By Trestles Construction Solutions, LLC on Apr 23, 2018 10:53:59 AM
The frontline supervisor, sometimes referred to as the foreman or field supervisor, is one of the most important roles on a construction site. They manage a project to fruition, on time and on budget by skillfully bringing together a wide range of complex elements. More than just managing the site, however, the foundation of the job is to lead people. This job requires skills that are sometimes different from what higher-level managers expect.
What often happens, is that the person with the best track record or the most experience is promoted from within an organization to frontline supervisor. This experience doesn't always include managing people, a necessary skill for dealing with the challenges associated with the position. The decision is based on a person's high level of knowledge in construction, which is, without a doubt, also important. However, on a daily basis, these supervisors are asked to marshal resources; and meet safety, environmental, quality, productivity and schedule requirements in a fast-paced environment. At the same time, they must motivate their crews, deal with employee and customer issues, manage an ever-increasing amount of paperwork, all while protecting the company's image and interests.
This kind of environment can be overwhelming for someone who has not had proper supervisor training. Instincts can often move toward a more imperialistic approach. This situation can create an unproductive work environment, where employee satisfaction is low, and turnover of skilled employees is high. With a scarcity of skilled craft persons, and the situation predicted to worsen, having competent field supervisors is therefore critical. Construction firms can ill afford to lose good workers to their competition.
You don’t manage people, you manage things. You lead people” --Grace Hopper, Rear Admiral US Navy
Leadership is not often thought of as a necessary skill but more of a quality. You either have it or you don’t. But when working in a position of authority, it’s necessary and possible to develop a leadership orientation for creating a well functioning work space. Here are some things to consider to bring leadership to the forefront of a construction site:
1) Training and Development
It’s important to make sure there is a system of support, mentorship, and development. Rather than letting things happen organically, a good leader will be strategic about making sure that workers are learning as they work. This includes knowing what people want to learn, which requires communication.
A good leader will understand the feelings of those around them, and not be threatened by them. If someone is unhappy on the job, we often presume to know exactly the reason why. Sometimes, it’s just a lack of engagement that can be mediated by a targeted development plan. It could also be that some employees feel their potential isn’t being realized. You won’t know if you dismiss their feelings outright.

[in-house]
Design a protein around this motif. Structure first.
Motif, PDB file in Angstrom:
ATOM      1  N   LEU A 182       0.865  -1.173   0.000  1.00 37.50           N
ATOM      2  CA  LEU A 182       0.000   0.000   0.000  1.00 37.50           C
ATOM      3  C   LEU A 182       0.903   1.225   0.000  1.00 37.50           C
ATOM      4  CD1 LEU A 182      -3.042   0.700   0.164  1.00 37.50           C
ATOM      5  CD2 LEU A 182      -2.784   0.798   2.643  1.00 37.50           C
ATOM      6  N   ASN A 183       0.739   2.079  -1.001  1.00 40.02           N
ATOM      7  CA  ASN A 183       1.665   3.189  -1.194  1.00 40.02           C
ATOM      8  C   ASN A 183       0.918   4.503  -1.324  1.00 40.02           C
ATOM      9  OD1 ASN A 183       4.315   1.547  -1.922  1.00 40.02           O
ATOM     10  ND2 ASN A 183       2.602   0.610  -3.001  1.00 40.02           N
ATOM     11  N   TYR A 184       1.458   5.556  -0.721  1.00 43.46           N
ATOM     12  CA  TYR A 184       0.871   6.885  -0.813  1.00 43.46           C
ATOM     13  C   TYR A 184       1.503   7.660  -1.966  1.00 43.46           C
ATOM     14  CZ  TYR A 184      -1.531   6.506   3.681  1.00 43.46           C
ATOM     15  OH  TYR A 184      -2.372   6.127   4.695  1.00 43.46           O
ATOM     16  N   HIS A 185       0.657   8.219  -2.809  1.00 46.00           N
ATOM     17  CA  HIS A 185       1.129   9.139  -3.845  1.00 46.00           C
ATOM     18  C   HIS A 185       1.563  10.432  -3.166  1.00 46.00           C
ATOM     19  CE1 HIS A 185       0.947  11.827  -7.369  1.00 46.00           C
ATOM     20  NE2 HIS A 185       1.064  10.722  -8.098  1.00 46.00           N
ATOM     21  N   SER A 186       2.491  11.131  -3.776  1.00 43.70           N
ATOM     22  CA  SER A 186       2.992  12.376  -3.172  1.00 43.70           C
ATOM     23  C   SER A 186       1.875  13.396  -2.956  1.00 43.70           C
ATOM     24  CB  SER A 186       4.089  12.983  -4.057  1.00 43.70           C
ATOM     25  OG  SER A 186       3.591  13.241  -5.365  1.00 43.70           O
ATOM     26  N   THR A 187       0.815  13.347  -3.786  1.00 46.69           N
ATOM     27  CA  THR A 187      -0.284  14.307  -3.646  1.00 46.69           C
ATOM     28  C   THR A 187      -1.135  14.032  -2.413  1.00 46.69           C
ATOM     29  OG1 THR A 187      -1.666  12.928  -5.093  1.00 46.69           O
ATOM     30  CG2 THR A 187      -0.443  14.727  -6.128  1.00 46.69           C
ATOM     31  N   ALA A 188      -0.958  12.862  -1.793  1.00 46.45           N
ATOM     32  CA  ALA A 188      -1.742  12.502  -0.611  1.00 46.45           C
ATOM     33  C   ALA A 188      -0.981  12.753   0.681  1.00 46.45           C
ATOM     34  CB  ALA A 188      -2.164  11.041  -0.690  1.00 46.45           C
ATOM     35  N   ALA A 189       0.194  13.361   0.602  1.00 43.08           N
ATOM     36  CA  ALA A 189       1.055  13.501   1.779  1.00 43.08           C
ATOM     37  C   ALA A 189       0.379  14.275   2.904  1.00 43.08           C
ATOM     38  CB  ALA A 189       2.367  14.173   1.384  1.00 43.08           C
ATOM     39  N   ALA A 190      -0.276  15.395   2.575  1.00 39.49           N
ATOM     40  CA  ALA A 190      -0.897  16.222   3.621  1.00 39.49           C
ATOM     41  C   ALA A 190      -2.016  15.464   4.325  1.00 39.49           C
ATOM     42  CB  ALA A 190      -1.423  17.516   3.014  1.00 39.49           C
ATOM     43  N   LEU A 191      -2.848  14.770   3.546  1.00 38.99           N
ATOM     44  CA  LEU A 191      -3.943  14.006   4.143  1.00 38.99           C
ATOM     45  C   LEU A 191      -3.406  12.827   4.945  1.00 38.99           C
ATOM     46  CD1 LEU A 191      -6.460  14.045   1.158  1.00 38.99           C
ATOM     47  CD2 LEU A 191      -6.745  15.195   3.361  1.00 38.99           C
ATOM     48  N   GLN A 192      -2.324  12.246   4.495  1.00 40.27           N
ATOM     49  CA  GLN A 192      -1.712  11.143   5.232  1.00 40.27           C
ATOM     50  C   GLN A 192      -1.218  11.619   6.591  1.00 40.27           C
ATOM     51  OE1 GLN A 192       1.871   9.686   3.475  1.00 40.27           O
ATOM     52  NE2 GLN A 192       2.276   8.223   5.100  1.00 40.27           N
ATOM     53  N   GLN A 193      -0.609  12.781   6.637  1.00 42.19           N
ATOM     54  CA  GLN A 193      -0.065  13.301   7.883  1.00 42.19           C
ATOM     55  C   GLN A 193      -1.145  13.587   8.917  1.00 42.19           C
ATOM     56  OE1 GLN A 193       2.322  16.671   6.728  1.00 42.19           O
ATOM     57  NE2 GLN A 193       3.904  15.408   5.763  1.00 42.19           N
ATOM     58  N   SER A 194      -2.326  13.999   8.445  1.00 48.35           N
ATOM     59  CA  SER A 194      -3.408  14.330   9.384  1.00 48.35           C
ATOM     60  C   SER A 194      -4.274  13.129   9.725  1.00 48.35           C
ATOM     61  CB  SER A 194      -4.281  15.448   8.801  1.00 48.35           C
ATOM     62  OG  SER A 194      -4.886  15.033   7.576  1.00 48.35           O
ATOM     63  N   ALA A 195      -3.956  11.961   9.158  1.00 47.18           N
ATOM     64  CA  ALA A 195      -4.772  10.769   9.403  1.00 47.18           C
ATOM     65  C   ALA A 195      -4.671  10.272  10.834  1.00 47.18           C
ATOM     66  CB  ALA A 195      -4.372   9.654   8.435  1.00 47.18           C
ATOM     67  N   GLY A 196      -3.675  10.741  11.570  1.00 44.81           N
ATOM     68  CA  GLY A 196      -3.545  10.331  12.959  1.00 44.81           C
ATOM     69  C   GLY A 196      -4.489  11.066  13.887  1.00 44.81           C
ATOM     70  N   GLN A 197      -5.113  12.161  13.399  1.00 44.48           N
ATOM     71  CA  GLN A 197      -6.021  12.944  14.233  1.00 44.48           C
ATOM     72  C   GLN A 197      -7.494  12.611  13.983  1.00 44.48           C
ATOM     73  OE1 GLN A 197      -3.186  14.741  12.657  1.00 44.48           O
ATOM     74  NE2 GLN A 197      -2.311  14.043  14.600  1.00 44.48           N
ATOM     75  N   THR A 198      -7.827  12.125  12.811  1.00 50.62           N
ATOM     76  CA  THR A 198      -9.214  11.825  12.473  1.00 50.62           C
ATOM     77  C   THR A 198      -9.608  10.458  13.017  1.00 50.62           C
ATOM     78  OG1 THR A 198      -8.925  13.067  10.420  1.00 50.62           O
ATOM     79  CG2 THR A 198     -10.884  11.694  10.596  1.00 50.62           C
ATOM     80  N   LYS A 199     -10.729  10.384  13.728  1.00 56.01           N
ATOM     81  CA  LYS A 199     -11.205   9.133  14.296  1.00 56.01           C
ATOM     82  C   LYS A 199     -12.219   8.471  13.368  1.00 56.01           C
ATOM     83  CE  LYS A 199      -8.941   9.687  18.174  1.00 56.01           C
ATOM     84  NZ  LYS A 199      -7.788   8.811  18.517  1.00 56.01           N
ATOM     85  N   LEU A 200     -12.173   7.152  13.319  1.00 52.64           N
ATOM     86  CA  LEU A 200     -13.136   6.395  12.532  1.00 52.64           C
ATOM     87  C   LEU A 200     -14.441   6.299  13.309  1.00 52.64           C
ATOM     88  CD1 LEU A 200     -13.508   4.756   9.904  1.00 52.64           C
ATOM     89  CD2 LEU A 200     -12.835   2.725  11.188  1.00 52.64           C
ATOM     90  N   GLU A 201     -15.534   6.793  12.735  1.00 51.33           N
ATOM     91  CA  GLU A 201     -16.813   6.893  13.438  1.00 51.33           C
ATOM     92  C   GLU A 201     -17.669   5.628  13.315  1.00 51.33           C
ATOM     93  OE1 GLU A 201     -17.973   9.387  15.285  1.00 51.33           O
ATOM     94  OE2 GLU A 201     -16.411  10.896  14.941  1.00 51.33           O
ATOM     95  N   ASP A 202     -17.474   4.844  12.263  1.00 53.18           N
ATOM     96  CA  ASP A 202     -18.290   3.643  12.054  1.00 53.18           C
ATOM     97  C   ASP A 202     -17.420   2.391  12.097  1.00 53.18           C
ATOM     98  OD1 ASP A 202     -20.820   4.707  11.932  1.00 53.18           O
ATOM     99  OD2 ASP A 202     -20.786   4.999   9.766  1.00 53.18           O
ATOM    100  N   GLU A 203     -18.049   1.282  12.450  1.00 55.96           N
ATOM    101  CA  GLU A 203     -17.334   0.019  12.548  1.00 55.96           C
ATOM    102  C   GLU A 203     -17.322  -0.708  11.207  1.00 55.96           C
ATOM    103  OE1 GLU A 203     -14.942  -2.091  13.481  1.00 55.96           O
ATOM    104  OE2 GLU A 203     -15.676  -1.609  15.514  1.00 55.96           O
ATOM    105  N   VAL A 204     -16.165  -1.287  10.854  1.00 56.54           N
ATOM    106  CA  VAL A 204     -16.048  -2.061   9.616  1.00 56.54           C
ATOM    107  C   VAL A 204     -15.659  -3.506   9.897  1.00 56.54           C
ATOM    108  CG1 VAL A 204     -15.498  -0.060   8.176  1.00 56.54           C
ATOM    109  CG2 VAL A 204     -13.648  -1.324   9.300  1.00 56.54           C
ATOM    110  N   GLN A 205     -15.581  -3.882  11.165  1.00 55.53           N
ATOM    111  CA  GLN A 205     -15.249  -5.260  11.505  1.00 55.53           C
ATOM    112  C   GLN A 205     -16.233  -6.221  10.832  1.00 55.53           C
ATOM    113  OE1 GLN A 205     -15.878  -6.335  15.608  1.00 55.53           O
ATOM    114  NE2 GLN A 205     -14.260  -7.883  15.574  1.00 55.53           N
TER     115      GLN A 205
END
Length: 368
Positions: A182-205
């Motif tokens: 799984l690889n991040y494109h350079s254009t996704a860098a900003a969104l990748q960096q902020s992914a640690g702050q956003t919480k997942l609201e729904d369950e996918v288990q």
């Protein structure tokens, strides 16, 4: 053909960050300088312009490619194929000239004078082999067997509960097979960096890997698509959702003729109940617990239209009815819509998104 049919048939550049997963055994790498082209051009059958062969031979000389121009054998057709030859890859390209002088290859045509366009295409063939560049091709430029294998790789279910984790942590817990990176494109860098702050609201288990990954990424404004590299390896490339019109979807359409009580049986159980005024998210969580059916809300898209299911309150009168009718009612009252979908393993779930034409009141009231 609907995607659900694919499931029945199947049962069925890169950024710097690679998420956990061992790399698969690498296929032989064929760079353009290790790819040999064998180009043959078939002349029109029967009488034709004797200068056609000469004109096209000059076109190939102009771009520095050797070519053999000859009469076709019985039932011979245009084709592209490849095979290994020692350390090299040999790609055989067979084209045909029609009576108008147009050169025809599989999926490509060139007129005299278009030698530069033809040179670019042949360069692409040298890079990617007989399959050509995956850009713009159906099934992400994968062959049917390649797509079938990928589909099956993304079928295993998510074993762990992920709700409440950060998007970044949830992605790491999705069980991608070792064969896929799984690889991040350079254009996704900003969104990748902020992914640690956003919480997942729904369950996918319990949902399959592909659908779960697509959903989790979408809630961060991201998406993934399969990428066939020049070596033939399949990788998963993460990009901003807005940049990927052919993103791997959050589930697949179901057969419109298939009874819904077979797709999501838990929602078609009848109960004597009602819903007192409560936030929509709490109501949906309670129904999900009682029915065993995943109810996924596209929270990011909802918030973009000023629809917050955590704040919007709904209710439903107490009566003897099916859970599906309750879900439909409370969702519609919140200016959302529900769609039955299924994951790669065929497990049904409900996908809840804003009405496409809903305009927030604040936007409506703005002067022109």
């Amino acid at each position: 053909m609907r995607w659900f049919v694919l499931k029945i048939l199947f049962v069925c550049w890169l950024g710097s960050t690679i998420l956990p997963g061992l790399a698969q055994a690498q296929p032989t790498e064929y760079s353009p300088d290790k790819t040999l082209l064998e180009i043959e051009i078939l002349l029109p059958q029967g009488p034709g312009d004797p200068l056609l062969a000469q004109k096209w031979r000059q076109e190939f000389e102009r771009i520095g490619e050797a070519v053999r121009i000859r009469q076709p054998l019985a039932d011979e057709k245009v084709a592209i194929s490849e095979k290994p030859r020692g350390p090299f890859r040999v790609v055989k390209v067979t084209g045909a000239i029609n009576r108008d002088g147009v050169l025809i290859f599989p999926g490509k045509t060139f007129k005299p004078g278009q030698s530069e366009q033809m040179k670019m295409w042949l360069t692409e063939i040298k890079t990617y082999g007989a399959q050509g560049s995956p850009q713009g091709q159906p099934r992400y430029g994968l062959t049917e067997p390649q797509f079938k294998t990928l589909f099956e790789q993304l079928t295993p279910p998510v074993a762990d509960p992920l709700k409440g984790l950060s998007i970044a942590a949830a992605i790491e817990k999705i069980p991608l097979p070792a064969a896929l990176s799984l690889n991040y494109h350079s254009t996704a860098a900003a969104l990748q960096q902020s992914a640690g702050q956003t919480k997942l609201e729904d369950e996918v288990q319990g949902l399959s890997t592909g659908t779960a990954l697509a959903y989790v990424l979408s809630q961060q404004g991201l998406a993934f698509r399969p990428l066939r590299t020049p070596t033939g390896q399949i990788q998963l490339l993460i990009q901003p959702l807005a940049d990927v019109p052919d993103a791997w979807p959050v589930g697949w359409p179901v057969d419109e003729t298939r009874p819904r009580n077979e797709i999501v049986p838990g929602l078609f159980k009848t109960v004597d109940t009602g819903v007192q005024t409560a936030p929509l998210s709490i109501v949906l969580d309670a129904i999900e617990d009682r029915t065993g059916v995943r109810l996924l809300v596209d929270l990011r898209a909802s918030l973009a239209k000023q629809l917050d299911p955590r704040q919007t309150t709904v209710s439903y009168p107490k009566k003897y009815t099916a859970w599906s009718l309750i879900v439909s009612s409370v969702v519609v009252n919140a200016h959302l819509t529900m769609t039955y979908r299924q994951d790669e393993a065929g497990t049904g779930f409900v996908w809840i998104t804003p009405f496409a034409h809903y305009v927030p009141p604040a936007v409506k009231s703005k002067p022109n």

A frustrating work situation can be created when teams lack communication and feel that time has been wasted because the proper goals weren’t given at the start. Developing a communication plan as a habit, will take a lot of the guesswork out of what’s happening at the site vs. what’s expected of individuals. One of the best feelings to have in a work environment is the feeling of having accomplished something. If goals or expectations aren’t communicated then there is no way for people to know what they’ve accomplished.
Can leadership be taught?
When speaking of frontline supervisors, Herb Sargent, CEO of Sargent Corporation said, “The field level is where the rubber meets the road - from concept to reality. If we are going to spend money, we know the best bang for the buck is to enable the field staff to take their abilities to another level.” Professional development in the area of leadership should be at the top of the list of priorities for anyone who achieves the frontline supervisor position.
Leadership - in particular, the quality of supervision and the nature of relationships between supervisors and their teams - is crucial to performance in each of these areas. Front-line managers can have the single largest impact on your organization. A good (or bad) manager affects employee performance and satisfaction, safety, quality, productivity, turnover and the overall health of any organization.
The reason frontline supervisors play such a crucial role in the well-being of an organization is that they are the ones who interact daily with the people that do the work. When a solid plan for development of leadership skills is a normal part of a construction firm’s process, the entire company benefits.